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TWIS: An Interactive Map Educates People On Indigenous Lands, A Dire Warning On Global Wildlife Populations, And Much More This Week

All the biggest science news stories of the week.

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Charlie Haigh

Social Media and Marketing Assistant

clockOct 14 2022, 11:31 UTC
All the biggest science news stories of the week.
All the biggest science news stories of the week. Image credit: Edited by IFLScience

This week, we explore the Native Land Digital interactive map, an absolute unit of a fish emerges from the murky depths, and we speak to director Marian Mohamed about her work on the new BBC documentary series The Elon Musk Show.


Interactive Map Shows Which Indigenous Lands You Are Living On

This week saw the second US Indigenous Peoples' Day, a day dedicated to recognizing and celebrating the histories and cultures of Indigenous Americans – as well as the hardship they have endured. One initiative designed to educate the world about Indigenous peoples is Native Land Digital, a brilliant interactive globe that shows the Native territories, languages, and treaties of the world. Read the full story here.

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Global Wildlife Populations Have Plummeted By 69 Percent On Average Since 1970, WWF Reveals

The World Wildlife Fund (WWF) released its Living Planet Report 2022 this week, urging that the escalating loss of the natural world is pushing life on Earth towards “catastrophic consequences”. We speak exclusively to WWF's Director for Science and Conservation on what this means for Earth's citizens. Read the full story here.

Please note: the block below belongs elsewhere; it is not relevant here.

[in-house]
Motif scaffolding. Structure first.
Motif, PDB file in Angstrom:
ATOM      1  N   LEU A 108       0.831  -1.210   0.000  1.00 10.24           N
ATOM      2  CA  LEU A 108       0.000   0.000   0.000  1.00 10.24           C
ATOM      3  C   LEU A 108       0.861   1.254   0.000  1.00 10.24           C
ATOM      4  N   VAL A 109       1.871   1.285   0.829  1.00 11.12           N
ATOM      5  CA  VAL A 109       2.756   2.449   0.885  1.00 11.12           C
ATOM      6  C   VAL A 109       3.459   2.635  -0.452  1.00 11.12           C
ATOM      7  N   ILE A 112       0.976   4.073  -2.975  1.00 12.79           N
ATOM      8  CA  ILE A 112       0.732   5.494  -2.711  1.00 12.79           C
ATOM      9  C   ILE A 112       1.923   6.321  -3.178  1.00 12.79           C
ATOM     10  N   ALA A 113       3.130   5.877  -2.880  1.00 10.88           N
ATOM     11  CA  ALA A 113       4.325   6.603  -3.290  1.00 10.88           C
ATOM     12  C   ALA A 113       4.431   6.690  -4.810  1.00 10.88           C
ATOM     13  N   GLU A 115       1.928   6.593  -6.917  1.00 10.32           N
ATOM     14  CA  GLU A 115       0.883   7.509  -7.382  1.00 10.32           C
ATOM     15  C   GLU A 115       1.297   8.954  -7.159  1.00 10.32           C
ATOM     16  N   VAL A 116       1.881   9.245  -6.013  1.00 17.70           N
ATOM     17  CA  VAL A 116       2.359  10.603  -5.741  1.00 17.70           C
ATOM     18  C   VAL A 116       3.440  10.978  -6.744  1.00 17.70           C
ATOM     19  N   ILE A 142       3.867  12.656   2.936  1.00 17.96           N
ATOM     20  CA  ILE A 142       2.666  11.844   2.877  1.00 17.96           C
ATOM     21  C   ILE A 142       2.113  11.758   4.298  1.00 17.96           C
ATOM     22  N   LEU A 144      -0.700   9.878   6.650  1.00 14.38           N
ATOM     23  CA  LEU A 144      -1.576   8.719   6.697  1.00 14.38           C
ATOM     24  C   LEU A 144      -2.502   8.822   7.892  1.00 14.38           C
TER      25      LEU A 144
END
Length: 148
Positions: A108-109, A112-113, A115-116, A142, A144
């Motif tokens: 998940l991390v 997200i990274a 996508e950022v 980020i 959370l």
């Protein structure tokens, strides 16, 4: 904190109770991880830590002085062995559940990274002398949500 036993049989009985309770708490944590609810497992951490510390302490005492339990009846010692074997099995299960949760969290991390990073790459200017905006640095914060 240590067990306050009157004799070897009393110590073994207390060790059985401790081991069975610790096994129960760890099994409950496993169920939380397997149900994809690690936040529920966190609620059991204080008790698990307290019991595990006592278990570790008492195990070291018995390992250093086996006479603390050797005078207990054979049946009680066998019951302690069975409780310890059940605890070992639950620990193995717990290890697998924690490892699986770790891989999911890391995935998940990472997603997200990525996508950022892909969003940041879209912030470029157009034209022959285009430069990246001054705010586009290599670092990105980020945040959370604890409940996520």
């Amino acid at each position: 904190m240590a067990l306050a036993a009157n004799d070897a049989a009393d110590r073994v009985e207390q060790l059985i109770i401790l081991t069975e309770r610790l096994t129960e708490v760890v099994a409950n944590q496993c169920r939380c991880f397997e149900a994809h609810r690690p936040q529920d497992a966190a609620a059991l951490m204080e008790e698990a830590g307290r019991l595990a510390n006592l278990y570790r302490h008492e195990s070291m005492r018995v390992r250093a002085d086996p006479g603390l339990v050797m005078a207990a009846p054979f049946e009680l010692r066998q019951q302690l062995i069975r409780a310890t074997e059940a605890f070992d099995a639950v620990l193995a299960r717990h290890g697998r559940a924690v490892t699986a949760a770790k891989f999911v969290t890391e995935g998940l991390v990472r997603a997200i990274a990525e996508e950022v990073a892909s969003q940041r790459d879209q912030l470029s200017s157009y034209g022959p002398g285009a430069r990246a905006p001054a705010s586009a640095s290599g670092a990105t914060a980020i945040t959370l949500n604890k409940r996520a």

Neanderthals May Have Co-Existed With Modern Humans For Almost 3,000 Years

Like an upgraded iPhone, the arrival of modern humans in Europe didn’t result in the immediate disappearance of the previous model, but instead heralded a period of overlap between Homo sapiens and Homo neanderthalensis. New research suggests that Neanderthals may have clung on for a further 2,800 years before becoming obsolete. Read the full story here.


Holy Mola: World's Heaviest Bony Fish Is An Absolute Unit At 2,744kg

They say mighty oaks from little acorns grow, and never has this saying been more apt than for the lifecycle of giant molas. These epic slabs for fish start out their lives like marine popcorn and grow to gargantuan sizes. Now, one specimen has become the heaviest bony fish in the world, weighing in at a hefty 2,744 kilograms (6,050 pounds). Read the full story here.

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Never-Before-Seen Eruption Sees Black Hole Burp Material Years After It Ate Star

When stars get too close to supermassive black holes, they are ripped to shreds. The spewing out of material follows the destruction of the star. But in the case of AT2018hyz, something incredible and not seen before happened. The star was ripped apart and material spewed. And then three years later the black hole threw material out again. Read the full story here.


Feature of the week: 

IFLScience Meets: "The Elon Musk Show" Director Marian Mohamed

"He's putting chips in people's brains, building tunnels underground, and he's got SpaceX." Director of the BBC's new documentary series The Elon Musk Show, Marian Mohamed, tells IFLScience what it’s like to get to know one of the most notorious people on the planet from those who know him best. Read the full story here.


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